RELEASE: Minnesota Awarded Grant to Explore the Ability to Track Long-Term Impacts of Local Home-Visiting Programs

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department of education

For Immediate Release

Contact: Emily Bisek


February 8, 2018

Previous Announcements

Minnesota Awarded Grant to Explore the Ability to Track Long-Term Impacts of Local Home-Visiting Programs

ROSEVILLE, MN – A new pilot program will help Minnesota begin connecting information from home-visiting programs to the state’s Early Childhood Longitudinal Data System (ECLDS). If successful, the program will help educators and policymakers measure the long-term benefits of home-visiting programs in Minnesota for the first time. Early childhood home-visiting programs provide parents of children from birth to age 5 with supports and resources to improve children’s development and well-being. 

“Many children need better access to high-quality early learning opportunities and home-visiting programs well before kindergarten so they are ready to learn on their first day of school,” said Education Commissioner Brenda Cassellius. “Linking home-visiting data to our early childhood data system will help us evaluate the long-term benefits of early learning investments. We are excited to work on this important project and learn more about what Minnesota children need early in life to help them succeed.” 

The grant was provided by Child Trends, a research organization focused on improving children’s lives. The Minnesota Departments of Education and Health will work with Child Trends and Saint Paul-Ramsey County Public Health to explore the feasibility of linking public health home-visiting and school data. Saint Paul-Ramsey County has the largest nurse-based home-visiting program in the state, touching the lives of more than 1,200 families with young children per year.  

“This is a great opportunity to add to our knowledge about family home visiting and improve how we support families,” said Minnesota Commissioner of Health Jan Malcolm. “We’re hopeful data sharing will help us gain new insights and allow us to make sure all children get a healthy start and keep succeeding throughout their lives.”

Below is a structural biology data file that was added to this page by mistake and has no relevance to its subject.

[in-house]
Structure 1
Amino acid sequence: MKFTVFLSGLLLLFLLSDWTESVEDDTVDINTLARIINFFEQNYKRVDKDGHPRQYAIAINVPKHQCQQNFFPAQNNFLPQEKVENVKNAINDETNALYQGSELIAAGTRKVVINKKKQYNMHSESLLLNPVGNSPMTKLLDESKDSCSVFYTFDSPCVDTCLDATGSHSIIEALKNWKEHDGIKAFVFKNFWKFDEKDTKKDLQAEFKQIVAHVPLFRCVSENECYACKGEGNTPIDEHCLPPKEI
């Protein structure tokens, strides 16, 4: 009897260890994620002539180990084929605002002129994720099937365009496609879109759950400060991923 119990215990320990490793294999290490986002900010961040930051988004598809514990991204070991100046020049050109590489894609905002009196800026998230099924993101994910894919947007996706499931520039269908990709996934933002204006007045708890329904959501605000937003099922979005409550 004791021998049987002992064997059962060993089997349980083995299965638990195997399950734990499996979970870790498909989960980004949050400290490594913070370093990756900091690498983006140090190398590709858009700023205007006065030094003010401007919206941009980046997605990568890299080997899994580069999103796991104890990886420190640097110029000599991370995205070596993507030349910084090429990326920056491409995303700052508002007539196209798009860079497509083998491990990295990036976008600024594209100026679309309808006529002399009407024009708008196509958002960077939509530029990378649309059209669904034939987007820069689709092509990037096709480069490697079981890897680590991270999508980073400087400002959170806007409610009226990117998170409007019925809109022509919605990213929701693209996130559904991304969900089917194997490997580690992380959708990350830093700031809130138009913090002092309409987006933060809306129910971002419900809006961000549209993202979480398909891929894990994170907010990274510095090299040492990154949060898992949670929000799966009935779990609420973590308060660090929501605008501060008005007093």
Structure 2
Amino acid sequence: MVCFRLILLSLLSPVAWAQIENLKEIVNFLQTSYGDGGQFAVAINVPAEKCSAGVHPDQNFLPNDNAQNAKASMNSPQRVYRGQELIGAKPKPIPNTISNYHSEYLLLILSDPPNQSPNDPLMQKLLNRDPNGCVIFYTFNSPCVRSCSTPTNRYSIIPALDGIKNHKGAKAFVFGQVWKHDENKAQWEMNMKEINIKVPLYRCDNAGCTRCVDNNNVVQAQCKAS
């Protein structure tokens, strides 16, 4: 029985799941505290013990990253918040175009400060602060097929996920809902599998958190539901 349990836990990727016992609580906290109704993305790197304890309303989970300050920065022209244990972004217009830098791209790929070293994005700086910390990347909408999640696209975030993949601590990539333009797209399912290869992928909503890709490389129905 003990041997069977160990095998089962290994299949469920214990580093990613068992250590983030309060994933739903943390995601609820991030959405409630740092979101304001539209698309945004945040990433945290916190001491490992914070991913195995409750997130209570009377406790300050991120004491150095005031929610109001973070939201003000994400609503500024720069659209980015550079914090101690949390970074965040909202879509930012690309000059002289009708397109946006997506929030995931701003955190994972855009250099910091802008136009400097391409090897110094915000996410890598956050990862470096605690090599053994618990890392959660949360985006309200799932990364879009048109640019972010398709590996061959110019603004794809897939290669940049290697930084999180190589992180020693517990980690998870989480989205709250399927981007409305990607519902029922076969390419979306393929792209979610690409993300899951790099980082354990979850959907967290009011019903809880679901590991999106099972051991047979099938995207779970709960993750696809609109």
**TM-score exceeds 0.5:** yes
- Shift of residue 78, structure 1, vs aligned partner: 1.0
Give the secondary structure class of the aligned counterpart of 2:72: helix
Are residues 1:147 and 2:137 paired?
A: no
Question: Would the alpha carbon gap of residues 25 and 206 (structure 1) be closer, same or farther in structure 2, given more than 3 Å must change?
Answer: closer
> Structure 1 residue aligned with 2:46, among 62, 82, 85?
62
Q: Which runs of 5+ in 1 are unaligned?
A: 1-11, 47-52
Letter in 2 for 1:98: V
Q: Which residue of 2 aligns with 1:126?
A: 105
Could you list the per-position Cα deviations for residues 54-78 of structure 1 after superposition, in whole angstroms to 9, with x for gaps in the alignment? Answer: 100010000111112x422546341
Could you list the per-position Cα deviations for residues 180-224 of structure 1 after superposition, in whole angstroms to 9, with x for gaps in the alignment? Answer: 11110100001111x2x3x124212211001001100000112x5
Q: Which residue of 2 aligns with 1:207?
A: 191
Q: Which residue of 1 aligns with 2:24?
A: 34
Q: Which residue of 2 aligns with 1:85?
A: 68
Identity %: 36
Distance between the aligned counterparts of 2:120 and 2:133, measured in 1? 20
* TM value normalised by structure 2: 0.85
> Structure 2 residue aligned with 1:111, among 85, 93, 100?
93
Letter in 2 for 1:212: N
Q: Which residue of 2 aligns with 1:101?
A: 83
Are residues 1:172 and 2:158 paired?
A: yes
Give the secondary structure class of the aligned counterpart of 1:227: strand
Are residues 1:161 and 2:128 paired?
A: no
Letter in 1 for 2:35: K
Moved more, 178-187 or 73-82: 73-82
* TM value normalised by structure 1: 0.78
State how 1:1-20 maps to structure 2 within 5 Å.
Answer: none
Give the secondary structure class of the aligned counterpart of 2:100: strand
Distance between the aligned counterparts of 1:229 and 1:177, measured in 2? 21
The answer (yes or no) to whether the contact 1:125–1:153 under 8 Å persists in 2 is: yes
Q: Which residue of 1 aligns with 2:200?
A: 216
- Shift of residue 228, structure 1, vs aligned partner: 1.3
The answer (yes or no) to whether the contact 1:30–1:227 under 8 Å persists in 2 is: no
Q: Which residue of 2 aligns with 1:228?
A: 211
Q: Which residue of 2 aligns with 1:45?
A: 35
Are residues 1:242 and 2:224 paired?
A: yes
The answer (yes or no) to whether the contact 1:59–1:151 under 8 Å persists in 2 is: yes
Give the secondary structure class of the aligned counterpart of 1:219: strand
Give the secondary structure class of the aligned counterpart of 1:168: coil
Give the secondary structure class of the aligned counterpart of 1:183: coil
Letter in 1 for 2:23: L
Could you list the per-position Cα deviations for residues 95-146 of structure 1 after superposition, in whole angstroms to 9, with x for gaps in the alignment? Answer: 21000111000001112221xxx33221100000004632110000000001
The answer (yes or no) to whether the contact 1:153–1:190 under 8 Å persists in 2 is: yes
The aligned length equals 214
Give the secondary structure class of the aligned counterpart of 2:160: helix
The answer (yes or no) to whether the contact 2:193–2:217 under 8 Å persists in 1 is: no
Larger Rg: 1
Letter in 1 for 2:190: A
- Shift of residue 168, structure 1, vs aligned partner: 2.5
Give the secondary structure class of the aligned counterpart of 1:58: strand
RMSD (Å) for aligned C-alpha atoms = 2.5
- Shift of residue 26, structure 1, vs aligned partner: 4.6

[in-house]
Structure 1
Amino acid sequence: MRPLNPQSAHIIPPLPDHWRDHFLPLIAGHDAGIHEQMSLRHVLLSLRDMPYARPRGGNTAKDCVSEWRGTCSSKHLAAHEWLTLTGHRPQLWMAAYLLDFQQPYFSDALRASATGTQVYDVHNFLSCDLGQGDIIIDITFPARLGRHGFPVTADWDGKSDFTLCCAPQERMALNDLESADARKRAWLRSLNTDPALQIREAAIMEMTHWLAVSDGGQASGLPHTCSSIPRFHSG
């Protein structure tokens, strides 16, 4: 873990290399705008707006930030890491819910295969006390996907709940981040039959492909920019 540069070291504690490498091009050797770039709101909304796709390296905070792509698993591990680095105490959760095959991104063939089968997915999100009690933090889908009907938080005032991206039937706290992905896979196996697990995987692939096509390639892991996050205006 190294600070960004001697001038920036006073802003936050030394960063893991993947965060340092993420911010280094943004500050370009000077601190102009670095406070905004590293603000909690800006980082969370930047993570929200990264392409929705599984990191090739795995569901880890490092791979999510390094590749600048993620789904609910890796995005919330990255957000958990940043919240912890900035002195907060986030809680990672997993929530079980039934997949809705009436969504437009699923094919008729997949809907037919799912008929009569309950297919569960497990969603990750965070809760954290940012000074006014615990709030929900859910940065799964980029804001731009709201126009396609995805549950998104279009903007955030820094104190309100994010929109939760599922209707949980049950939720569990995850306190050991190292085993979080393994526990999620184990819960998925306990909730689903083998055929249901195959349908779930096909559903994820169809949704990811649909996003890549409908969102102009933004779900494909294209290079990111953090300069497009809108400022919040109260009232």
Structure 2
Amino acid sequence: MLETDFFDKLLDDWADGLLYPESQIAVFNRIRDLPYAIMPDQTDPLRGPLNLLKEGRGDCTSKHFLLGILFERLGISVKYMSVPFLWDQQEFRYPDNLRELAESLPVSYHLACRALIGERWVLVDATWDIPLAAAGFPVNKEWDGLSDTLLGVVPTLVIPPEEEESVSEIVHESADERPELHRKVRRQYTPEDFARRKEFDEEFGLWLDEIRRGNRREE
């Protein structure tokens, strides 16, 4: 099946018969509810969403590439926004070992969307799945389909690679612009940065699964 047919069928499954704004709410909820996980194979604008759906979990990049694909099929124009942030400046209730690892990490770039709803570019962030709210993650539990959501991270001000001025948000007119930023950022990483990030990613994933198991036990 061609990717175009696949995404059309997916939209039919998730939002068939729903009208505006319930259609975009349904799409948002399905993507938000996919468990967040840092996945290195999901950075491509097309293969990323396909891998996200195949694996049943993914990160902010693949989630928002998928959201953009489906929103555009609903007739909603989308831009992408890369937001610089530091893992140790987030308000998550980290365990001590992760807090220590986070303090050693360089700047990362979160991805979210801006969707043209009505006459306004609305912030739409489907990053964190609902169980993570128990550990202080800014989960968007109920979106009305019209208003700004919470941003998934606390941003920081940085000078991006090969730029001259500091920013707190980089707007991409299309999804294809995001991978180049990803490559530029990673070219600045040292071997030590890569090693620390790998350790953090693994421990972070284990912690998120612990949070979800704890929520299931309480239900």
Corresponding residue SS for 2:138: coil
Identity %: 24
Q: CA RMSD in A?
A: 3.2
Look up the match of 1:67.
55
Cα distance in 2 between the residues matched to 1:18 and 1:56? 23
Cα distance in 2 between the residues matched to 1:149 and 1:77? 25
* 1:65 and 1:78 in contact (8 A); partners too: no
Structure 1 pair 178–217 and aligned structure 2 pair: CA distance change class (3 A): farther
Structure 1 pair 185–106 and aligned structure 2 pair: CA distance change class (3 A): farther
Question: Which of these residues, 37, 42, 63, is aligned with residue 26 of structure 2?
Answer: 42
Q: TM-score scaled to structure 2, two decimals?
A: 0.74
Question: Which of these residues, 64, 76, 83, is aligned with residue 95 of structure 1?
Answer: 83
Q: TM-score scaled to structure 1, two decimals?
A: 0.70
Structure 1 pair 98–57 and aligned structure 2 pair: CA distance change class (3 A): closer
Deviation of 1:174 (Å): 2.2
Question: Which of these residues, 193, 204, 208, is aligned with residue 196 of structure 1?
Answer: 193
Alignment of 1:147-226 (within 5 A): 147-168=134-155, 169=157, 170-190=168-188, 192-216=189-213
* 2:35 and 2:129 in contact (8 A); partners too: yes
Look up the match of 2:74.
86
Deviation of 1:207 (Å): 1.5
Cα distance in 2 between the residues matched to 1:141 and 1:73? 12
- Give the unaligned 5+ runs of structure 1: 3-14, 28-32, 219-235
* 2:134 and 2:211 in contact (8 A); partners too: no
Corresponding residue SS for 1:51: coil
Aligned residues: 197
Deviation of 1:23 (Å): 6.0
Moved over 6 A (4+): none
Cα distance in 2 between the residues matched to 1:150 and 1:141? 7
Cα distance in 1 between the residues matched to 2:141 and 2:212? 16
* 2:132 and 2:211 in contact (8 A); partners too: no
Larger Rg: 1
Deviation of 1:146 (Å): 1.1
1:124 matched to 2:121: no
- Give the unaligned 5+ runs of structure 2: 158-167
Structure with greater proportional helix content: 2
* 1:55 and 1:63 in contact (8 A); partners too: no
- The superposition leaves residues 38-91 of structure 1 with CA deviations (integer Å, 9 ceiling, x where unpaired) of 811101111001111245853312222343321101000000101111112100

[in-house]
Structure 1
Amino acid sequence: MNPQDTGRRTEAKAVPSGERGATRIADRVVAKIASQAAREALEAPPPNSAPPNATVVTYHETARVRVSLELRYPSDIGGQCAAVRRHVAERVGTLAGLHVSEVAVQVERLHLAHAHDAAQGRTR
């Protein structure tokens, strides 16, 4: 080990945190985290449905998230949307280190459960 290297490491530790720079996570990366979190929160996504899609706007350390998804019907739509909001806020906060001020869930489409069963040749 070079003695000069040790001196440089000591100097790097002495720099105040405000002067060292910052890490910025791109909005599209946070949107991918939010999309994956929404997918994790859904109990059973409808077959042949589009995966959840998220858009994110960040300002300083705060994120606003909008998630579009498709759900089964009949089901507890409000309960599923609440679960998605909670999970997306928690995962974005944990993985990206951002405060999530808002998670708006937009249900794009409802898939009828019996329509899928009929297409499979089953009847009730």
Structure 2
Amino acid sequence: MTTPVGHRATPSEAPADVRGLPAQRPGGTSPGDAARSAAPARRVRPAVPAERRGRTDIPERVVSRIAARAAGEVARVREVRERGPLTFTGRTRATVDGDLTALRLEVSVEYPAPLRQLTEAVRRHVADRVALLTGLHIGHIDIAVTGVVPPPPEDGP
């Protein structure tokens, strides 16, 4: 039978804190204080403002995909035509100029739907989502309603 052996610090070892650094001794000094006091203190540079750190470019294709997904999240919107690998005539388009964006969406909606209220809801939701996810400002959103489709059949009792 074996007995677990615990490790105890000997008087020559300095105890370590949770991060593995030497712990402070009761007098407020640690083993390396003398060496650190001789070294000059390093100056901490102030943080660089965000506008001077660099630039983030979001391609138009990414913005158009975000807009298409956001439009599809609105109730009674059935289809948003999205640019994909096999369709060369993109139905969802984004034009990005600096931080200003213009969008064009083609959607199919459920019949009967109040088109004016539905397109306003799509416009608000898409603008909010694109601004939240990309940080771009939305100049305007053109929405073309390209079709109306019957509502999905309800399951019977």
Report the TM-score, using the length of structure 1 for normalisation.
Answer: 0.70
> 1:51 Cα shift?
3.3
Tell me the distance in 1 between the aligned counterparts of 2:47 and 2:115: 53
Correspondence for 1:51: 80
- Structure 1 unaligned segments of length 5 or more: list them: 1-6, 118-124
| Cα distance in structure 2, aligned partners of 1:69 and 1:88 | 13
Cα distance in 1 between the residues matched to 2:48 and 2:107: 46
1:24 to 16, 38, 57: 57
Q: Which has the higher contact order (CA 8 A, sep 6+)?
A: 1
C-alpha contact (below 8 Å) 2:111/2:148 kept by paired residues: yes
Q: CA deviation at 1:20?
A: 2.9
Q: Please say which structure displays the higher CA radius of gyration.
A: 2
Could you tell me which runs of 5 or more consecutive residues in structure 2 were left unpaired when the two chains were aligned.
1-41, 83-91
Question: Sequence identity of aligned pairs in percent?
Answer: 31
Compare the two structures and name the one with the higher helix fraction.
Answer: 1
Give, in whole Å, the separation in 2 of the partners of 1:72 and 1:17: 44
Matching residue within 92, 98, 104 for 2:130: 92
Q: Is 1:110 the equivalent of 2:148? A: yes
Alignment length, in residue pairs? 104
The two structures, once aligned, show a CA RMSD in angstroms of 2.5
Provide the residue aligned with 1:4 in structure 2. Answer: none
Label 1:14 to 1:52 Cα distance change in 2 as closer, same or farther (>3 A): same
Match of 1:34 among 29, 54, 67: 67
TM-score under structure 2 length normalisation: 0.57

Child Trends selected Minnesota to participate based on the clarity of the state’s related goals and objectives, the capacity of its team to advance project goals, and Minnesota’s potential to strengthen data linkages to inform future policymaking. 

In addition to Minnesota, four other states (North Carolina, Oklahoma, Rhode Island and Utah) were chosen to participate in State-level Home Visiting Integration (SHINE). With support from the Heising-Simons Foundation, states participating in SHINE will receive financial and technical support to accomplish goals related to exploring the feasibility of linking home-visiting data, as well as access to a peer-learning network.  

State Investments in Home Visiting

In 2017, Governor Dayton worked with the Minnesota Legislature to invest $12 million in the Department of Health’s Home Visiting Program, which helps children of teen parents and other high-risk mothers get off to a strong start. Home visiting helps young parents of at-risk children develop the skills they need to care for their children. This investment will reach an additional 2,300 families statewide after four years.